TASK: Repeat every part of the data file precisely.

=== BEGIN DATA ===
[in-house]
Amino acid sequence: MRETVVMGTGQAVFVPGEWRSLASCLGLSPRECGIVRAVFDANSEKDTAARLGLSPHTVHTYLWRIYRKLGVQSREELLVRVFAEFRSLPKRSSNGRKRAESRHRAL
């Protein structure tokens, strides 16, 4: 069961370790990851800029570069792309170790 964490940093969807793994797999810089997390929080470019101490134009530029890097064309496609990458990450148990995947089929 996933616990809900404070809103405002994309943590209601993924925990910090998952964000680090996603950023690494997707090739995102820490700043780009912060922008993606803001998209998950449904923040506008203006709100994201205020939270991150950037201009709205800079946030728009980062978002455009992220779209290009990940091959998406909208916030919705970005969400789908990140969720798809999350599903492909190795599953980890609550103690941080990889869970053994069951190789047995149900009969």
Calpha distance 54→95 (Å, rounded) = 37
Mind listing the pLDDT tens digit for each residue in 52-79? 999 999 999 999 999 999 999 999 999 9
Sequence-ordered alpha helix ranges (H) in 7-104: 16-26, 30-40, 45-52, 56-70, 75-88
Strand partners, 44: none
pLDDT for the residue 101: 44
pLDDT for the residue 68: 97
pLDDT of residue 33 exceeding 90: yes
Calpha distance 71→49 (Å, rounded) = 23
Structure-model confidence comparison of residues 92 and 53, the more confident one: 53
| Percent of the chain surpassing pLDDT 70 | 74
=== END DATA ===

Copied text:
[in-house]
Amino acid sequence: MRETVVMGTGQAVFVPGEWRSLASCLGLSPRECGIVRAVFDANSEKDTAARLGLSPHTVHTYLWRIYRKLGVQSREELLVRVFAEFRSLPKRSSNGRKRAESRHRAL
């Protein structure tokens, strides 16, 4: 069961370790990851800029570069792309170790 964490940093969807793994797999810089997390929080470019101490134009530029890097064309496609990458990450148990995947089929 996933616990809900404070809103405002994309943590209601993924925990910090998952964000680090996603950023690494997707090739995102820490700043780009912060922008993606803001998209998950449904923040506008203006709100994201205020939270991150950037201009709205800079946030728009980062978002455009992220779209290009990940091959998406909208916030919705970005969400789908990140969720798809999350599903492909190795599953980890609550103690941080990889869970053994069951190789047995149900009969």
Calpha distance 54→95 (Å, rounded) = 37
Mind listing the pLDDT tens digit for each residue in 52-79? 999 999 999 999 999 999 999 999 999 9
Sequence-ordered alpha helix ranges (H) in 7-104: 16-26, 30-40, 45-52, 56-70, 75-88
Strand partners, 44: none
pLDDT for the residue 101: 44
pLDDT for the residue 68: 97
pLDDT of residue 33 exceeding 90: yes
Calpha distance 71→49 (Å, rounded) = 23
Structure-model confidence comparison of residues 92 and 53, the more confident one: 53
| Percent of the chain surpassing pLDDT 70 | 74